On Aug. 26 2017, Floyd Mayweather Jr. put his undefeated boxing record on the line against UFC star from Ireland, Conor McGregor. How this fight came to be is a story like no other, resulting in two people from different fighting backgrounds coming together for one epic fight.
The story of Mayweather and McGregor began more than two years ago, when Mayweather defeated Manny Pacquiao by unanimous decision in which all of the judges voted for the victor as a group. After the fight, Mayweather vowed that he was done and was retiring from professional boxing. Then in July of 2015, McGregor went on the Conan O’Brien show and said that he would like to fight Mayweather if the opportunity arose. In Dec. of that year, Mayweather responded to McGregor’s comments and relationship with the media by saying, “They say he talk a lot of trash and people praise him for it, but when I did it, they say I’m cocky and arrogant.” Jan. 2016 brought a lot of optimism that a Mayweather vs. McGregor fight would happen. However, McGregor put a sudden halt to any talk of a possible fight saying, “I have decided to retire young. Thanks for the cheese. Catch ya’s later.”
Less than a month later, rumors began to swirl about a matchup, culminating when Mayweather sought to make a deal to fight against McGregor. The potential fight became more of a reality in Dec. 2016, with the news of McGregor getting his boxing license from the state of Nevada, which he had trouble getting because of a disciplinary issue from his time with UFC. Finally, in May, the two gentlemen agreed to box each other in Las Vegas on Aug. 26. It was a fight that lived up to its potential, with Mayweather defeating McGregor in ten rounds via total knockout (TKO). Numbers for people who paid to watch the fight were in the 4 million range. If a person were to take something they learned about the two competitors from the fight, they could probably draw the following conclusions:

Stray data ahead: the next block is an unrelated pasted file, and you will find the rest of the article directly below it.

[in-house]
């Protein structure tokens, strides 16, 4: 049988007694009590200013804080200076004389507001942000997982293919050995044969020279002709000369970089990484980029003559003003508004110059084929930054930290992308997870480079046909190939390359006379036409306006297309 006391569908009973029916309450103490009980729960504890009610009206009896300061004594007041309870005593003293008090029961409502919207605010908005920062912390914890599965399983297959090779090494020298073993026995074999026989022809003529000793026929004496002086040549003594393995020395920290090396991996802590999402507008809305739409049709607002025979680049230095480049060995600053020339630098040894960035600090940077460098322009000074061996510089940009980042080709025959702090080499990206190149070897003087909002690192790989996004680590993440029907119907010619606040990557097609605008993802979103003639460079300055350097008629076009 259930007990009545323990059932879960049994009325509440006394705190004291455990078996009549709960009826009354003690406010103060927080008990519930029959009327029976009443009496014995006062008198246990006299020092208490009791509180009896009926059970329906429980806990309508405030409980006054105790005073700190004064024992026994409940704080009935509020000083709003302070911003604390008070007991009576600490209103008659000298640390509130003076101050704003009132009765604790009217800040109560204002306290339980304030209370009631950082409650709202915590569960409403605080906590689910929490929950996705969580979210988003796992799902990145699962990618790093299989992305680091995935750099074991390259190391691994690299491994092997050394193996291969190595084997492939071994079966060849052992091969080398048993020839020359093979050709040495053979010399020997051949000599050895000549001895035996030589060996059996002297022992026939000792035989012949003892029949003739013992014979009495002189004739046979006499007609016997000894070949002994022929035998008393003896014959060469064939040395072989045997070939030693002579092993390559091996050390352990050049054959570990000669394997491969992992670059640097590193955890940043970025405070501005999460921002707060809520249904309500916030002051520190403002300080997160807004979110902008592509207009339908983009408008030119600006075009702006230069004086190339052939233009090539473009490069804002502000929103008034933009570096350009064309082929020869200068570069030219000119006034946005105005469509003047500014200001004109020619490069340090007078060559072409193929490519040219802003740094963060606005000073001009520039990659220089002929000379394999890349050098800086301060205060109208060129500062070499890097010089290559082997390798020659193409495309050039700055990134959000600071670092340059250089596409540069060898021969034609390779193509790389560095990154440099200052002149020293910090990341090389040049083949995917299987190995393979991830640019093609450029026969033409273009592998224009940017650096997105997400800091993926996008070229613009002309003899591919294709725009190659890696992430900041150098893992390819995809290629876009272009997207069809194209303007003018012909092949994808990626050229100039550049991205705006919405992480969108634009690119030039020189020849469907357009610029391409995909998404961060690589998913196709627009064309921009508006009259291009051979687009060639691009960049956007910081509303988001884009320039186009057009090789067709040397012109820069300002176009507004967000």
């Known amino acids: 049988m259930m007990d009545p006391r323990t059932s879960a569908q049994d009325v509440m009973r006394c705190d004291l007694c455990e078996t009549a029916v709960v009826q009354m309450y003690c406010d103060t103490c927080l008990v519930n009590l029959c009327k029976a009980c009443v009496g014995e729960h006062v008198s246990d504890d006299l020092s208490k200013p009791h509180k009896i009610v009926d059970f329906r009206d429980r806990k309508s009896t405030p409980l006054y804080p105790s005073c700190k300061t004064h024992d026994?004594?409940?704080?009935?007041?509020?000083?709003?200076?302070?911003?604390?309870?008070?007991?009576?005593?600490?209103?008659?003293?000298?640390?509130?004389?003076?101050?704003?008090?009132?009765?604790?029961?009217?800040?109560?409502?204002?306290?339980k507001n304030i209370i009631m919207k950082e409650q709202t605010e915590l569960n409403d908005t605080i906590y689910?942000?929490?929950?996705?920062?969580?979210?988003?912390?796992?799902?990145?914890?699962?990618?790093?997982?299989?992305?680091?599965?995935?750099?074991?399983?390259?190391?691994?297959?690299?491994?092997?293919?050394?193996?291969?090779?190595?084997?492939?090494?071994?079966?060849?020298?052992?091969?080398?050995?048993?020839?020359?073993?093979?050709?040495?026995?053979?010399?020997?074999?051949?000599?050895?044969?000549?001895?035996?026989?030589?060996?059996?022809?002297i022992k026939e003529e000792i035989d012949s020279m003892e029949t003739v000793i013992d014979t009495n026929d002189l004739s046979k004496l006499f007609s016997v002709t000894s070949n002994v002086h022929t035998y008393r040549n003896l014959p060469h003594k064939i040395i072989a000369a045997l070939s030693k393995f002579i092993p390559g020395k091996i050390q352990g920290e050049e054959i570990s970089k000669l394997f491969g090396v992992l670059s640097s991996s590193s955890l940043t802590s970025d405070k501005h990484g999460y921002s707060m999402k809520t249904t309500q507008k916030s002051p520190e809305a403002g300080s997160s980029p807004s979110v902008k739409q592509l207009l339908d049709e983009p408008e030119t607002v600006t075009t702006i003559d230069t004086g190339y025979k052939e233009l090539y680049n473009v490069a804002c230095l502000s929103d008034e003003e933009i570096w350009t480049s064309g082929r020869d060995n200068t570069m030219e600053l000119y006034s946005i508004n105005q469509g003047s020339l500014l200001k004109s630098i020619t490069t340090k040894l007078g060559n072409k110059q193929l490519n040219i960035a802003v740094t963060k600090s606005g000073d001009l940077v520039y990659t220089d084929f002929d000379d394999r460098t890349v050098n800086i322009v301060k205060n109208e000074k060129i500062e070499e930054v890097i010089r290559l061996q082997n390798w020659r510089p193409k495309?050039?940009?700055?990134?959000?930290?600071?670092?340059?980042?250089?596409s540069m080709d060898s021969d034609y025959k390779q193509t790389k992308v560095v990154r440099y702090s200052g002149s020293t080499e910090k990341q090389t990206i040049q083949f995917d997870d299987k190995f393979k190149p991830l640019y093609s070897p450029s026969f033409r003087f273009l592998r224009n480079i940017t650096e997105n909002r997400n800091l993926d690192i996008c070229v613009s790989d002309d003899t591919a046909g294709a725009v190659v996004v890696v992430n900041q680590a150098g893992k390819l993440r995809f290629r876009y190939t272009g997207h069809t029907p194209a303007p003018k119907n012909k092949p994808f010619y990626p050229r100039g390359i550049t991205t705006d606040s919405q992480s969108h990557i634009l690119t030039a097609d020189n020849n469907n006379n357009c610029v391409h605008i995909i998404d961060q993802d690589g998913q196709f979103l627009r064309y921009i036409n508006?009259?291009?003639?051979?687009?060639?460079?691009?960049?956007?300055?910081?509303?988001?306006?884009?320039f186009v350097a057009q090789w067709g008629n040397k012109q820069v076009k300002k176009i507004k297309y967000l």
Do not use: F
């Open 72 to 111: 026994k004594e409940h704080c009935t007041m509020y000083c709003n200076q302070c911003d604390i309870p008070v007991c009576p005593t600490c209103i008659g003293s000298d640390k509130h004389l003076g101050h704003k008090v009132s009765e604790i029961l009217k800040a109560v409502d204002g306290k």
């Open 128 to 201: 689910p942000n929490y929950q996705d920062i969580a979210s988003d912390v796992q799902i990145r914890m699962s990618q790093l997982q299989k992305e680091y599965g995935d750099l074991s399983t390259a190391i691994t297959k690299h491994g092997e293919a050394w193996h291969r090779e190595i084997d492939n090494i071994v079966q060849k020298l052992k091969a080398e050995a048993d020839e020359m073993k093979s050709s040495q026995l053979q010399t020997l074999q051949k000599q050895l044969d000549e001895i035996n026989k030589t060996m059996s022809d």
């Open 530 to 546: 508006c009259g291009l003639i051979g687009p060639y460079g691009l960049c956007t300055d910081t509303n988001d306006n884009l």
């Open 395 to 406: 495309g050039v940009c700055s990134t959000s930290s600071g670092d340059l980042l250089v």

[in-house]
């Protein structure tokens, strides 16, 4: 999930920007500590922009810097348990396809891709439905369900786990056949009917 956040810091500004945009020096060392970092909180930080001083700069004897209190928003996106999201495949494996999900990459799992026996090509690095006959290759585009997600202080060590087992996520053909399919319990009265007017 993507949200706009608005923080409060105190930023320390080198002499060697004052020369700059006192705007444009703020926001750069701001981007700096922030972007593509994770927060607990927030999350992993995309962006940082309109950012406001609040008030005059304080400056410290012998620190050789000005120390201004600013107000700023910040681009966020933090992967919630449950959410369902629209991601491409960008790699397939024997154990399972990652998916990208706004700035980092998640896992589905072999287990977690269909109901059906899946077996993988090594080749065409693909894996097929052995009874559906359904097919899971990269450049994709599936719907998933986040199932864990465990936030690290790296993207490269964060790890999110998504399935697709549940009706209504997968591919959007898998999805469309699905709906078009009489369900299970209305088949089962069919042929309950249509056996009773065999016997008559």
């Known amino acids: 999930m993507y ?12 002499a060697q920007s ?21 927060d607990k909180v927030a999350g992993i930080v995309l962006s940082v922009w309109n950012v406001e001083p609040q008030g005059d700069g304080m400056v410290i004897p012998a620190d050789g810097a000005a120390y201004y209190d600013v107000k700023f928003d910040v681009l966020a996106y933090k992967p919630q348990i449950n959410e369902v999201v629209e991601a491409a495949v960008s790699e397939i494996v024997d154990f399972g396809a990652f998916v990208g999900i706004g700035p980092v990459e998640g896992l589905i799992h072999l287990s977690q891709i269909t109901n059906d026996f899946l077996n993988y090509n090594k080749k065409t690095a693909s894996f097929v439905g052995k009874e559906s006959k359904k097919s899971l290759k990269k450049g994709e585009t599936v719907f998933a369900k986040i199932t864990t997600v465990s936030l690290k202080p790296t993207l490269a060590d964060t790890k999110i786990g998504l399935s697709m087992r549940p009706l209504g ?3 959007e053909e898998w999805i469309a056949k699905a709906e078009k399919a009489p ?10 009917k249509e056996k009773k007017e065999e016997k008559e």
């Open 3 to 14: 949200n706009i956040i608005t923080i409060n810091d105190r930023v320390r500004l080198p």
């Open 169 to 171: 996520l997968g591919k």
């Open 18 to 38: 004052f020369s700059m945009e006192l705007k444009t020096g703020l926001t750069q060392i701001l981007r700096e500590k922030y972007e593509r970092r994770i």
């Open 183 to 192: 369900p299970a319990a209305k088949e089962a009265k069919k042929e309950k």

Conor McGregor has good instincts. This may sounds like empty jive, but in making the transition to full-fledged boxing, Conor had to pick up small habits on how to close the distance, reset, and pressure without kicks, elbows, takedowns, et cetera. These were all things that seem natural to him. His rhythm was not in any way hindered by the fact that he is not a professional boxer.
McGregor’s timing is still elite by any standard. Timing is a curious thing. Landing a counter uppercut on Floyd was shocking, and impressive.
Floyd Mayweather’s game plan went exactly as advertised; let McGregor pressure early, and tag him late.
Mayweather’s gameplan was not perfect. A part of this likely had to do with adjusting to McGregor’s attack to an extent, but Mayweather’s age and boxing experience was more significant.
McGregor won the first two rounds, regardless of people’s expectations.
Mayweather began to dominate later. Landing 58 percent of his power punches was a clear sign of this.
Mayweather’s body punches were more damaging than McGregor being fatigued from “boxing for the first time” because of the stamina required to have a good shot in a boxing match.
McGregor did not.
Nor did the pay-per-view outage ruin a good fight.
After the long-awaited fight, Mayweather has (once again) decided to retire from boxing — “for good” this time. Let’s see how long that lasts.
Sources: ESPN.com, Bloodyelbow.com, Telegraph.co.uk